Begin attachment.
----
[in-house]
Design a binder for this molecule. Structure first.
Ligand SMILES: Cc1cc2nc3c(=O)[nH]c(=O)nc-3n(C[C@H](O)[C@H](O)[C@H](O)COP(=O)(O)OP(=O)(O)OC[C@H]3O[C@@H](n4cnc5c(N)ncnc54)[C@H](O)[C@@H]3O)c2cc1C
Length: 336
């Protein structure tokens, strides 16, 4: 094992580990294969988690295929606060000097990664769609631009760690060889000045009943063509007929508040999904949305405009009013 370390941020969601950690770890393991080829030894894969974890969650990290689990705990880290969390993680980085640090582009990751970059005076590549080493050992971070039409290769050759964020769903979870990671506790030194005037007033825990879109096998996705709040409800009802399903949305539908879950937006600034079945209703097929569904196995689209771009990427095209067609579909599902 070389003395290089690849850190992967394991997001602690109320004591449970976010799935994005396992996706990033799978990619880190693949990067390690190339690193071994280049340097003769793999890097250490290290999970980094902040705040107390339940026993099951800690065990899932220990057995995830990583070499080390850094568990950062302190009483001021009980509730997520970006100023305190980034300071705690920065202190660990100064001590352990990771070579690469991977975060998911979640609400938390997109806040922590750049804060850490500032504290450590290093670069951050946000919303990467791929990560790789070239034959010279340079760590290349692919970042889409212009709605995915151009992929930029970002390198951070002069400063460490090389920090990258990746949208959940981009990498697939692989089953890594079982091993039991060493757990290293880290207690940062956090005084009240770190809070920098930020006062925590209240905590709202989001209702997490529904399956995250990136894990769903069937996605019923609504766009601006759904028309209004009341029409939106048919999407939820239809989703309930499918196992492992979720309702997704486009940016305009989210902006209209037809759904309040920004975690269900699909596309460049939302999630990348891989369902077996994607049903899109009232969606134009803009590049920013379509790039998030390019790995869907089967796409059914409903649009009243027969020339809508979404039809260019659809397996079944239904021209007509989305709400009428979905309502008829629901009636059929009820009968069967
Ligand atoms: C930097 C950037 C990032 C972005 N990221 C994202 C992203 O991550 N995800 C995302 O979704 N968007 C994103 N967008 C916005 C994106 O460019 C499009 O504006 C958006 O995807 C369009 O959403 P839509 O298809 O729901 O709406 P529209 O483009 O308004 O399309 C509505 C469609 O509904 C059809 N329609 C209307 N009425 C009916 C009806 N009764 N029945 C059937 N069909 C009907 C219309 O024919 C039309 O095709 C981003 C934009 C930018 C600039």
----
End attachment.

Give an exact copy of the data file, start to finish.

[in-house]
Design a binder for this molecule. Structure first.
Ligand SMILES: Cc1cc2nc3c(=O)[nH]c(=O)nc-3n(C[C@H](O)[C@H](O)[C@H](O)COP(=O)(O)OP(=O)(O)OC[C@H]3O[C@@H](n4cnc5c(N)ncnc54)[C@H](O)[C@@H]3O)c2cc1C
Length: 336
């Protein structure tokens, strides 16, 4: 094992580990294969988690295929606060000097990664769609631009760690060889000045009943063509007929508040999904949305405009009013 370390941020969601950690770890393991080829030894894969974890969650990290689990705990880290969390993680980085640090582009990751970059005076590549080493050992971070039409290769050759964020769903979870990671506790030194005037007033825990879109096998996705709040409800009802399903949305539908879950937006600034079945209703097929569904196995689209771009990427095209067609579909599902 070389003395290089690849850190992967394991997001602690109320004591449970976010799935994005396992996706990033799978990619880190693949990067390690190339690193071994280049340097003769793999890097250490290290999970980094902040705040107390339940026993099951800690065990899932220990057995995830990583070499080390850094568990950062302190009483001021009980509730997520970006100023305190980034300071705690920065202190660990100064001590352990990771070579690469991977975060998911979640609400938390997109806040922590750049804060850490500032504290450590290093670069951050946000919303990467791929990560790789070239034959010279340079760590290349692919970042889409212009709605995915151009992929930029970002390198951070002069400063460490090389920090990258990746949208959940981009990498697939692989089953890594079982091993039991060493757990290293880290207690940062956090005084009240770190809070920098930020006062925590209240905590709202989001209702997490529904399956995250990136894990769903069937996605019923609504766009601006759904028309209004009341029409939106048919999407939820239809989703309930499918196992492992979720309702997704486009940016305009989210902006209209037809759904309040920004975690269900699909596309460049939302999630990348891989369902077996994607049903899109009232969606134009803009590049920013379509790039998030390019790995869907089967796409059914409903649009009243027969020339809508979404039809260019659809397996079944239904021209007509989305709400009428979905309502008829629901009636059929009820009968069967
Ligand atoms: C930097 C950037 C990032 C972005 N990221 C994202 C992203 O991550 N995800 C995302 O979704 N968007 C994103 N967008 C916005 C994106 O460019 C499009 O504006 C958006 O995807 C369009 O959403 P839509 O298809 O729901 O709406 P529209 O483009 O308004 O399309 C509505 C469609 O509904 C059809 N329609 C209307 N009425 C009916 C009806 N009764 N029945 C059937 N069909 C009907 C219309 O024919 C039309 O095709 C981003 C934009 C930018 C600039």